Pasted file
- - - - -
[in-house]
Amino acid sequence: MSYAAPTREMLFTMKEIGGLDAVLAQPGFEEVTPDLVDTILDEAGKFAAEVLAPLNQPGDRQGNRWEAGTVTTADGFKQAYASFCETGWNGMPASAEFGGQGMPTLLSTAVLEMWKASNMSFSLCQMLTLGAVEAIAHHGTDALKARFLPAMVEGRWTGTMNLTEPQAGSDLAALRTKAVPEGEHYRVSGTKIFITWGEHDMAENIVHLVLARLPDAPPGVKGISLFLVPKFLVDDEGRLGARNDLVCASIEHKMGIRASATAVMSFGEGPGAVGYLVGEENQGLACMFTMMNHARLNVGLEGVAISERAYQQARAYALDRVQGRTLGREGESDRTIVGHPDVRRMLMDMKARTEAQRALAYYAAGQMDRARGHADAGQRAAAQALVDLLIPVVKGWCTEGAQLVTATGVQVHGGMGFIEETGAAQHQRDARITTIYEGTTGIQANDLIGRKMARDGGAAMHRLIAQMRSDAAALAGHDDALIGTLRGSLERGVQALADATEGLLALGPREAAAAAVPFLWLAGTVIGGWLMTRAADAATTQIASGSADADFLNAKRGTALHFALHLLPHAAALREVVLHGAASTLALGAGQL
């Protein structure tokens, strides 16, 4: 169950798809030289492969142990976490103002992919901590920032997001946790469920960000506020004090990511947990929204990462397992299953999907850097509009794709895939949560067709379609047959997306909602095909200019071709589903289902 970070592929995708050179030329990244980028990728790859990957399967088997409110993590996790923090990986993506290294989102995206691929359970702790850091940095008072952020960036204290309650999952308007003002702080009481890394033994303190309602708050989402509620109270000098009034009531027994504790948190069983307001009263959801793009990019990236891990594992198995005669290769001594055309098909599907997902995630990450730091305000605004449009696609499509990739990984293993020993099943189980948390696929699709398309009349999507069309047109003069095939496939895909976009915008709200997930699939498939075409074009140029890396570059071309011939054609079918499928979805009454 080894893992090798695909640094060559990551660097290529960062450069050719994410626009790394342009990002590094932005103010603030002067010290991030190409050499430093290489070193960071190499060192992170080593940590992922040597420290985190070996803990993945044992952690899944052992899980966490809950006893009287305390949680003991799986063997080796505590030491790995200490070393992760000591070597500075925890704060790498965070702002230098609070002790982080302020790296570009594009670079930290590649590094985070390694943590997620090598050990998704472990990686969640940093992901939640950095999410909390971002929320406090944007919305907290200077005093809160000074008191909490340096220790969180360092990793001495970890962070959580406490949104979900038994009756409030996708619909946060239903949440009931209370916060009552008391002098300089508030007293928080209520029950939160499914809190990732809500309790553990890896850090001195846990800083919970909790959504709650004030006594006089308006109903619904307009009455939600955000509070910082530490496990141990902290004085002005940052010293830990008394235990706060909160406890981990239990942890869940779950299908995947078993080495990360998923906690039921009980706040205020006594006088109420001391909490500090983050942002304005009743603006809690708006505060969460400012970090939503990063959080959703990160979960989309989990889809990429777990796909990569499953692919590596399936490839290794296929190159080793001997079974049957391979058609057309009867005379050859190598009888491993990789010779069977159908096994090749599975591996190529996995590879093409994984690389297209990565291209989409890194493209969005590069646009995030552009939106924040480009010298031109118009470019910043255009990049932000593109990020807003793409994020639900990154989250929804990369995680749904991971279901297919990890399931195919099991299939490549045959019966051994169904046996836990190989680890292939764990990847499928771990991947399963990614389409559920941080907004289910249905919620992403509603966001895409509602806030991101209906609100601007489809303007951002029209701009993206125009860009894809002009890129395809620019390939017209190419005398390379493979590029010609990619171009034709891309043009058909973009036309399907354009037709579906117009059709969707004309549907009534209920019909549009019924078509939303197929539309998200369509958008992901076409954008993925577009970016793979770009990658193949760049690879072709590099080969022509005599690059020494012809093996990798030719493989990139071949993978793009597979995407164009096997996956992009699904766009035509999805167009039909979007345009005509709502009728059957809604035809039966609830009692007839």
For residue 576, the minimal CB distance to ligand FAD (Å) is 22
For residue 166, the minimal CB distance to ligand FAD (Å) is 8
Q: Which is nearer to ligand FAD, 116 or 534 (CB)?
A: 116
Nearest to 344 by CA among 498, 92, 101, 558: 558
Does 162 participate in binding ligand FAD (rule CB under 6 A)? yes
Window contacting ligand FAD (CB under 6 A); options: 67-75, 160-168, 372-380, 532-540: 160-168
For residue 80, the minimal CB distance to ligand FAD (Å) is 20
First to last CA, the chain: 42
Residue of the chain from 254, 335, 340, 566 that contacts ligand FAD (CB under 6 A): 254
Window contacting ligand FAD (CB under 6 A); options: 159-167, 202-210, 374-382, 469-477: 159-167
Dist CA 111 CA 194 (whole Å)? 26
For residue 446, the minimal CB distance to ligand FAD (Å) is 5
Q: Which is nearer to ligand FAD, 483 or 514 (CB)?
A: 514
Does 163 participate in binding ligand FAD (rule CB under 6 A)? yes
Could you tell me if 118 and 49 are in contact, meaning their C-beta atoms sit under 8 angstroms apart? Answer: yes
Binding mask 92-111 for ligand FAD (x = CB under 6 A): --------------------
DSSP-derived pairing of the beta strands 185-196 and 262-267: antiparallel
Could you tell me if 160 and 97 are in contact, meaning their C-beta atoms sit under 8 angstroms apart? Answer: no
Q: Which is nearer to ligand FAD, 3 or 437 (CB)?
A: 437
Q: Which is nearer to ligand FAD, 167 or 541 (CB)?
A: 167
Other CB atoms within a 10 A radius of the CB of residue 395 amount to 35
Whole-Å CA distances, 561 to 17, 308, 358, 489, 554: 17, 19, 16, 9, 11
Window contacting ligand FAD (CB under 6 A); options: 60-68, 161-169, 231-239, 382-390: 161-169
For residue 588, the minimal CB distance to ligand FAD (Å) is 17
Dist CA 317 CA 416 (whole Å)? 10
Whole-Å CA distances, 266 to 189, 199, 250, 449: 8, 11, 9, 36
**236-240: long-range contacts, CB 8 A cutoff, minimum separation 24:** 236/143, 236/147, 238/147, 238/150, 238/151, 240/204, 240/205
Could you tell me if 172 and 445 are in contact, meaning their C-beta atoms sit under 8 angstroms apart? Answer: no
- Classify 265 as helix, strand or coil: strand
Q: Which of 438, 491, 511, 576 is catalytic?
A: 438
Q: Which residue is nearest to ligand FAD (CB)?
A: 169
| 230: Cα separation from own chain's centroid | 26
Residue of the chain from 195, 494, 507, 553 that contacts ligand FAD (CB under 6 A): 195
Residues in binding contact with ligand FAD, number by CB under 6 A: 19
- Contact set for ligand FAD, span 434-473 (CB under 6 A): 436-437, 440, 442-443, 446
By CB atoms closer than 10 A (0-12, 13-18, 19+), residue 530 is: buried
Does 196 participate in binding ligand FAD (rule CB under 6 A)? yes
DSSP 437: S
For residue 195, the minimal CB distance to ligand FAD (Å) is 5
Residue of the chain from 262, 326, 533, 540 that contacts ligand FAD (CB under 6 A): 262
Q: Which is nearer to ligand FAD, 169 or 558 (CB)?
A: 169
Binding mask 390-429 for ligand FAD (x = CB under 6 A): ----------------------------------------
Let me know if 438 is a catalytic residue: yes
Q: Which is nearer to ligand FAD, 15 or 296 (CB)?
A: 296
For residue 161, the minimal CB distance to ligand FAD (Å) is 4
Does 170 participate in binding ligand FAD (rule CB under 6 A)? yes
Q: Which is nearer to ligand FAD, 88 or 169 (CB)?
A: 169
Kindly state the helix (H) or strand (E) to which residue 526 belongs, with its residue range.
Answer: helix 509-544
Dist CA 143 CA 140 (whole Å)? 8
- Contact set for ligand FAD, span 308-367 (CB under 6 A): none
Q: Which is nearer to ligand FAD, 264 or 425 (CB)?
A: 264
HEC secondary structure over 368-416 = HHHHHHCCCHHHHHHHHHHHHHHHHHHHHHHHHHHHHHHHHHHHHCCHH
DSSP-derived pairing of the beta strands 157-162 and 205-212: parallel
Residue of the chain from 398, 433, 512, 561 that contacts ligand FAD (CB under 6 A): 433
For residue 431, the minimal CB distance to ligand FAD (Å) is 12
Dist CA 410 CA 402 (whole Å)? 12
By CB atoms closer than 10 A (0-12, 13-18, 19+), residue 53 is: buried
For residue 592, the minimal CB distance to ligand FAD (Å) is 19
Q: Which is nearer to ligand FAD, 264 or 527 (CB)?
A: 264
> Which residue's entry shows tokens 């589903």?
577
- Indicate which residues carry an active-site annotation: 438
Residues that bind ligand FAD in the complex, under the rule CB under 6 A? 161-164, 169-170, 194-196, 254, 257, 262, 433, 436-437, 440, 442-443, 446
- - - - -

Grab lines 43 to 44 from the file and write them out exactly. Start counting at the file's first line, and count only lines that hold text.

Residues in binding contact with ligand FAD, number by CB under 6 A: 19
- Contact set for ligand FAD, span 434-473 (CB under 6 A): 436-437, 440, 442-443, 446